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For more than 700 years, the vast, rambling Trelawney Castle in Cornwall–turrets, follies, a room for every day of the year, four miles of corridors and 500,000 acres–was the magnificent and grand “three dimensional calling card” of the Earls of Trelawney. By 2008, it is in a complete state of ruin due to the dulled ambition and the financial ineptitude of the twenty-four earls, two world wars, the Wall Street crash, and inheritance taxes. (from the publisher) Four women dominate the story and discover what really keeps a family together.  An utterly delightful and refreshing read.

“Rothschild is a witty, stylish storyteller and her overall message feels timely.”—Lucy Atkins, The Sunday Times

“A real page turner . . . sparklingly acerbic social satire . . . . Funny and absorbing, House of Trelawney is the perfect antidote to a grey, Scottish winter’s day.”—John Badenhorst, The Courier & Advertiser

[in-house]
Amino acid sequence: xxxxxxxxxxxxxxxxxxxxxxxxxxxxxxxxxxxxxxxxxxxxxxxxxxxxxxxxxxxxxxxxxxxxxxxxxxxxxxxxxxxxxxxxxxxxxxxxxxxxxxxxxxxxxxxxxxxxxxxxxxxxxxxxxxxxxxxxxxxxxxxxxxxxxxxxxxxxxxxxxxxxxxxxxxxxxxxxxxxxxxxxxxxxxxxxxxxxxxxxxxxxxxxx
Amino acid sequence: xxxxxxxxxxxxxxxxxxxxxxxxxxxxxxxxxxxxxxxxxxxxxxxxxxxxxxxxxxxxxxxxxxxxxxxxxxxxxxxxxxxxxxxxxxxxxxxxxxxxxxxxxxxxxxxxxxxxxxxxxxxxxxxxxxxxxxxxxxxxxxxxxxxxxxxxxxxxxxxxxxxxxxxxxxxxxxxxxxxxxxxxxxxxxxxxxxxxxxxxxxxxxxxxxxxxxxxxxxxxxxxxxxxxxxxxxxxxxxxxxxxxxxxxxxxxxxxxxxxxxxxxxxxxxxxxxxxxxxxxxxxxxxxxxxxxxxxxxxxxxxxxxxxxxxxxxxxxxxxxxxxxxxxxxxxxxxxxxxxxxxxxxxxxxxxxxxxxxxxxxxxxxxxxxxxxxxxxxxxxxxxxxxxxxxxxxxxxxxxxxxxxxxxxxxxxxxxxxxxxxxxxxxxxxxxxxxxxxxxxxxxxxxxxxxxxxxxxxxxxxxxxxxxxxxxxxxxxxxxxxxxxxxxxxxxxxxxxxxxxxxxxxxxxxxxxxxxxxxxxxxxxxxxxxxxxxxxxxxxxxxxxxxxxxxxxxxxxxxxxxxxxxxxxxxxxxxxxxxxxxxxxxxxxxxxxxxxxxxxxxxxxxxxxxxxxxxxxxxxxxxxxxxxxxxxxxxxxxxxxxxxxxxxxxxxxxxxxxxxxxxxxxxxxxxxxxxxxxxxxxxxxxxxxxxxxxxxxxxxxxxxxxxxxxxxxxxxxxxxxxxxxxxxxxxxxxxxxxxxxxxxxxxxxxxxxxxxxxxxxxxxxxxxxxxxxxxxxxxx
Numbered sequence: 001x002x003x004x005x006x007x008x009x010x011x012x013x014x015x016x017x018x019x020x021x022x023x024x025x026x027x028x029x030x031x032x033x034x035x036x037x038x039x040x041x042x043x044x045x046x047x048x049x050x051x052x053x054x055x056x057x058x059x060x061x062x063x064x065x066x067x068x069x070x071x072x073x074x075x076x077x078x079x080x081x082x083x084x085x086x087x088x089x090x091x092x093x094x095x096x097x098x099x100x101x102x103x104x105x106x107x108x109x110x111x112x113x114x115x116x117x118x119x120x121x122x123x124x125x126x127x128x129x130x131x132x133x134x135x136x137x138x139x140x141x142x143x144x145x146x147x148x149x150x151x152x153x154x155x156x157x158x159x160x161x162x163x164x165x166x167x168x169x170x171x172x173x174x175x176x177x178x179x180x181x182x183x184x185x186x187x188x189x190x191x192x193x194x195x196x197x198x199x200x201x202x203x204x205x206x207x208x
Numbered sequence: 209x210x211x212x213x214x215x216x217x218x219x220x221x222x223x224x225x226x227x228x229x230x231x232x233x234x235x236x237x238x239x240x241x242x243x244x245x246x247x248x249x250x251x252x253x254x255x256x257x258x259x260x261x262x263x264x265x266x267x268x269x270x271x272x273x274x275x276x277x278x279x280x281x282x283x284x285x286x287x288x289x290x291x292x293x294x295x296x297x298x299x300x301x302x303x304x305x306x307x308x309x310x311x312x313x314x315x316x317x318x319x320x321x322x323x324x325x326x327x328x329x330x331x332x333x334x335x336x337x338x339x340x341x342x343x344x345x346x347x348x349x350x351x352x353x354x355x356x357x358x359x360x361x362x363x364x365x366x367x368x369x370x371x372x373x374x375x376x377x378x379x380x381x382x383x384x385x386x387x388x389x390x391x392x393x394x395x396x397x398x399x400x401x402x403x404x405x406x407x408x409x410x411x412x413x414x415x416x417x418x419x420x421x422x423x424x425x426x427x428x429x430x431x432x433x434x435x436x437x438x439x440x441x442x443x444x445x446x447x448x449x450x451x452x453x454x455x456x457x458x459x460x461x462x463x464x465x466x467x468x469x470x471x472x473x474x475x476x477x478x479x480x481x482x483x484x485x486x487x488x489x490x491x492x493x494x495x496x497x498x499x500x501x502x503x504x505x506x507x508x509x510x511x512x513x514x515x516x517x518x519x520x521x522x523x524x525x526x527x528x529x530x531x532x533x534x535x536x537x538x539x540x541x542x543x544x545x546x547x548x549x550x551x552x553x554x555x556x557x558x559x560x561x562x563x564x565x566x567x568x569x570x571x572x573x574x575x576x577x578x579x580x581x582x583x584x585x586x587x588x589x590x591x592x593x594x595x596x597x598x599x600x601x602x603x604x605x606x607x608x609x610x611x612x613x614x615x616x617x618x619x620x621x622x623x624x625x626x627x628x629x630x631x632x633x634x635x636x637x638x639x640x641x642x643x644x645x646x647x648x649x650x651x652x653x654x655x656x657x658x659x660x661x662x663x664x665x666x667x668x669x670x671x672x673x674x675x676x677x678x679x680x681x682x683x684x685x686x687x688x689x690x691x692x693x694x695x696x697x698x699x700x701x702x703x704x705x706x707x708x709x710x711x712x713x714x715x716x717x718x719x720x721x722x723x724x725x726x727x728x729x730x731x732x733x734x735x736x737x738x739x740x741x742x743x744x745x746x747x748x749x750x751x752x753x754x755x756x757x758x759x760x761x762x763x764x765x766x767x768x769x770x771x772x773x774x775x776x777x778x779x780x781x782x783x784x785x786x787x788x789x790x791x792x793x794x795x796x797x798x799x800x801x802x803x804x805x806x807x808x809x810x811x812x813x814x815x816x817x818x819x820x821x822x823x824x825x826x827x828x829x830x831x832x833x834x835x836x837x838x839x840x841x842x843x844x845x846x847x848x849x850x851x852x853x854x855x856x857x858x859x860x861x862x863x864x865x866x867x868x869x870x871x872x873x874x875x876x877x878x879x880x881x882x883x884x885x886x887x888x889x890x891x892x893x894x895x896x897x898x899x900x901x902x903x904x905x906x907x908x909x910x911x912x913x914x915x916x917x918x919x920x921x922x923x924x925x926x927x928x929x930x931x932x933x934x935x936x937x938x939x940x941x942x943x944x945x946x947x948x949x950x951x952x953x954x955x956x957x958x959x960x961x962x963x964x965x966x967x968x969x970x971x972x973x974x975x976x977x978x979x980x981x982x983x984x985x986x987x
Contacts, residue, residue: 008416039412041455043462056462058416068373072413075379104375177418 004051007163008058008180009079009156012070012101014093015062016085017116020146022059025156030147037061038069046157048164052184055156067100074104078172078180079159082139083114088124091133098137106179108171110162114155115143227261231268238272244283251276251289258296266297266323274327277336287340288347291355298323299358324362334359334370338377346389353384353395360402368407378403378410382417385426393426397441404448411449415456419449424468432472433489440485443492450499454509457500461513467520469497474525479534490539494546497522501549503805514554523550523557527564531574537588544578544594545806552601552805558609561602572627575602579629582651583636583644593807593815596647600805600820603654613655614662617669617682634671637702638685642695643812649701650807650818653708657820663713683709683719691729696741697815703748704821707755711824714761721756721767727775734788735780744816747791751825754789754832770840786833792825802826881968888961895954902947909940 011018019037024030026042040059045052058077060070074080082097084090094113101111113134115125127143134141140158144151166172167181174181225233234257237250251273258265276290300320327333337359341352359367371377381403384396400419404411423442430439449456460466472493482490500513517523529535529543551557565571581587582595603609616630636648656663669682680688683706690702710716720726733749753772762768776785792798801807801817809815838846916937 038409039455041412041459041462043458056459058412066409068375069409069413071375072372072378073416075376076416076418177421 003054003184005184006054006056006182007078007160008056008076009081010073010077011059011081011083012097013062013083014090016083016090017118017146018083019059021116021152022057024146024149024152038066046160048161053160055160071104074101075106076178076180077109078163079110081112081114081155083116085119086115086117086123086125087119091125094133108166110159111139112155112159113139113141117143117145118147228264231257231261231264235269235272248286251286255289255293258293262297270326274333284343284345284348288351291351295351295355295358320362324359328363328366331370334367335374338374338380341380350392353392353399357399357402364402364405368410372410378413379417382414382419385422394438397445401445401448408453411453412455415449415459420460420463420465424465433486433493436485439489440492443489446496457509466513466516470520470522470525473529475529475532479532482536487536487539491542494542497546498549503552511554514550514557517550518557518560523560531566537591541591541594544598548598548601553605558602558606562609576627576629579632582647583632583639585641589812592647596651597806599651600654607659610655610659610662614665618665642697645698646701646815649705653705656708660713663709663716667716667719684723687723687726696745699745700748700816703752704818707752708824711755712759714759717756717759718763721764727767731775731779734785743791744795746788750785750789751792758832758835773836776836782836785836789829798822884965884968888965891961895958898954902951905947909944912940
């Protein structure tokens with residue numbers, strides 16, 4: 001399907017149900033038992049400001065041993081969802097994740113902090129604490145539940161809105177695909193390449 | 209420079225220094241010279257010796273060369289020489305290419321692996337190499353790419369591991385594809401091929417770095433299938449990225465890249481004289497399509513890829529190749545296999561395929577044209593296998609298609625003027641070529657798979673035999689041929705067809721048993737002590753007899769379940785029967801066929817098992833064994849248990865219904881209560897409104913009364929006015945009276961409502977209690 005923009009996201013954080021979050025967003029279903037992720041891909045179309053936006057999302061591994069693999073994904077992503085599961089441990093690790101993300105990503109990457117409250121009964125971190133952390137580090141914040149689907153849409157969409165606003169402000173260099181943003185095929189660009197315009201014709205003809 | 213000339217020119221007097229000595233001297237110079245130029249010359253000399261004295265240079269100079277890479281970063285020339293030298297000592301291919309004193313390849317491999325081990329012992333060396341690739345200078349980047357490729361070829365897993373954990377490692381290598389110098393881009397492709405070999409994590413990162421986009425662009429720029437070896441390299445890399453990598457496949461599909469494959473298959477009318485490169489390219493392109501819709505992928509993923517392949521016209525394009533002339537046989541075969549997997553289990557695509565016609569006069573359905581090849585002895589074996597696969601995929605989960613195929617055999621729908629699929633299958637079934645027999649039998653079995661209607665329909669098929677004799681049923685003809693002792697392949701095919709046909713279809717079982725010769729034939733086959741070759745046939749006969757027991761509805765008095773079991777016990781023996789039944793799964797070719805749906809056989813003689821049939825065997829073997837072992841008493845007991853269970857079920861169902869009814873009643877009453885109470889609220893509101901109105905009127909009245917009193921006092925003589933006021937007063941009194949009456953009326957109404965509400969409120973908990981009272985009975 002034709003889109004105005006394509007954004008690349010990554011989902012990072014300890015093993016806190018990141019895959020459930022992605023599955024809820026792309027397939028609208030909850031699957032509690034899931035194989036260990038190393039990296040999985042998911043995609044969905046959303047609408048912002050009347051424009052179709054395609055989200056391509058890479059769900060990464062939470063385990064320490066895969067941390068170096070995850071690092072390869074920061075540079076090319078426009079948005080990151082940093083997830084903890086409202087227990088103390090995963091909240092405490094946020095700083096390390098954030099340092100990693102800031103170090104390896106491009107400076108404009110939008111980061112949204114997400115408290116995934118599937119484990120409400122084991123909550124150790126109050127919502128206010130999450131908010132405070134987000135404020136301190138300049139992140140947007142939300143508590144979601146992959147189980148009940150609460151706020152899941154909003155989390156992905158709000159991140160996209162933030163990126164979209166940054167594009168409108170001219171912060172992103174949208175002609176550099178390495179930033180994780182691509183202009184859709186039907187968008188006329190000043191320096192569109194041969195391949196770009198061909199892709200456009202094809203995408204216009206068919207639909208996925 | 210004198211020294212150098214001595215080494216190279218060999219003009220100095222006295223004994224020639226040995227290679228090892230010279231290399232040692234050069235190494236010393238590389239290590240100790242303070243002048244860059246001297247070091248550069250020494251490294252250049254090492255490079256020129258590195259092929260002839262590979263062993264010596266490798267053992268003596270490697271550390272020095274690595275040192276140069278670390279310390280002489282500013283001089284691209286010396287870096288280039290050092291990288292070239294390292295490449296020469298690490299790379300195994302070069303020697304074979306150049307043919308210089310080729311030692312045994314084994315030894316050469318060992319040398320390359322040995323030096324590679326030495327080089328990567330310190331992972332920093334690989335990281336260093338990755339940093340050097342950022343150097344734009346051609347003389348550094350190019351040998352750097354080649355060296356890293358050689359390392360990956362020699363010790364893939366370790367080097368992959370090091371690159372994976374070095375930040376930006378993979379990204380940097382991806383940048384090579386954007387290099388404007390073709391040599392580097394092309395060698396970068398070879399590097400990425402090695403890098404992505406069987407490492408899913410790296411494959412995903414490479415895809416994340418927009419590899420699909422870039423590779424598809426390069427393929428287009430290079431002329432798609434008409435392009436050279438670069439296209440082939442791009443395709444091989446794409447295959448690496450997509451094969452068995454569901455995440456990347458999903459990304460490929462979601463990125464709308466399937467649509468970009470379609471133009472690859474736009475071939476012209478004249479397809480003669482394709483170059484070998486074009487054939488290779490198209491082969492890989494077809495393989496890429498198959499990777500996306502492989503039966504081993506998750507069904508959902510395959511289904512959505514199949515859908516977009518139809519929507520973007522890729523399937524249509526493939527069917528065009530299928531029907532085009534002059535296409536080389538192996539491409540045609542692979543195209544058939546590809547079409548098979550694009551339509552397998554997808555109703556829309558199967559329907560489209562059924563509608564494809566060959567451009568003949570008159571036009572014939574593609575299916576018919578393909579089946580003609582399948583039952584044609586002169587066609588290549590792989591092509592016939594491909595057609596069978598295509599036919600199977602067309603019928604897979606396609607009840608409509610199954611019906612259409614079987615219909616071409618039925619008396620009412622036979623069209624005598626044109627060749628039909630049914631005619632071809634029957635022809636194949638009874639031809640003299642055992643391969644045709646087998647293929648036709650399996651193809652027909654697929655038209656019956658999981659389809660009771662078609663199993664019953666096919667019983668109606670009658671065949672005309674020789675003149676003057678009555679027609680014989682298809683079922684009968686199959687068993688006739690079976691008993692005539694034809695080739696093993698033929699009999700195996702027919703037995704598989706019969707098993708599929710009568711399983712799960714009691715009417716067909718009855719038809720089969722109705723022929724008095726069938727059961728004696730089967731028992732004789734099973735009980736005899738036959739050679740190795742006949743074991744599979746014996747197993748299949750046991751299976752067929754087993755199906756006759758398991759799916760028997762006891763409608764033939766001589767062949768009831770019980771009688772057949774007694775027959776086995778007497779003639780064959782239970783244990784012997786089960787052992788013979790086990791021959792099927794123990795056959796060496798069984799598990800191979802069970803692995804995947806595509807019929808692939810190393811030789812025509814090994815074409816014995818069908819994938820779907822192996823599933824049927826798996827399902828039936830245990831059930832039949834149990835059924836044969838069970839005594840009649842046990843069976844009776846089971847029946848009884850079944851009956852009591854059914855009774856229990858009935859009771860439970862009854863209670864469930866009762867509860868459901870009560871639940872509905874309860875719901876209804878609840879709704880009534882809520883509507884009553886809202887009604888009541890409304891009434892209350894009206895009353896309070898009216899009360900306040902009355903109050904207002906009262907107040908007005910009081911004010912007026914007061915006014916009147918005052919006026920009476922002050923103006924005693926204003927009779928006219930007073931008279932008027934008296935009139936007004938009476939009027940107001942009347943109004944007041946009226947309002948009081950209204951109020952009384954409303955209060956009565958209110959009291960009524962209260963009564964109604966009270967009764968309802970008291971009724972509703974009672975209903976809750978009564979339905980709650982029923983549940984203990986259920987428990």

“Nothing is left out in this madcap . . .  novel, which parodies British aristocracy on one hand and the social-climbing world of new money on the other. There are odd, unlikely romances, a suicide, and babies born out of wedlock . . . Ms. Rothschild is an intelligent writer and an elegant prose stylist. The first female chair of the National Gallery, she describes her characters’ physical characteristics with the eye of someone who’s spent a lifetime looking carefully at paintings . . . Britain, that “sceptered isle,” is a shadow of its former self. But one thing the British haven’t lost is their sense of humor, and Ms. Rothschild provides a large dose of it in this quirky satire.” —Moira Hodgson, The Wall Street Journal

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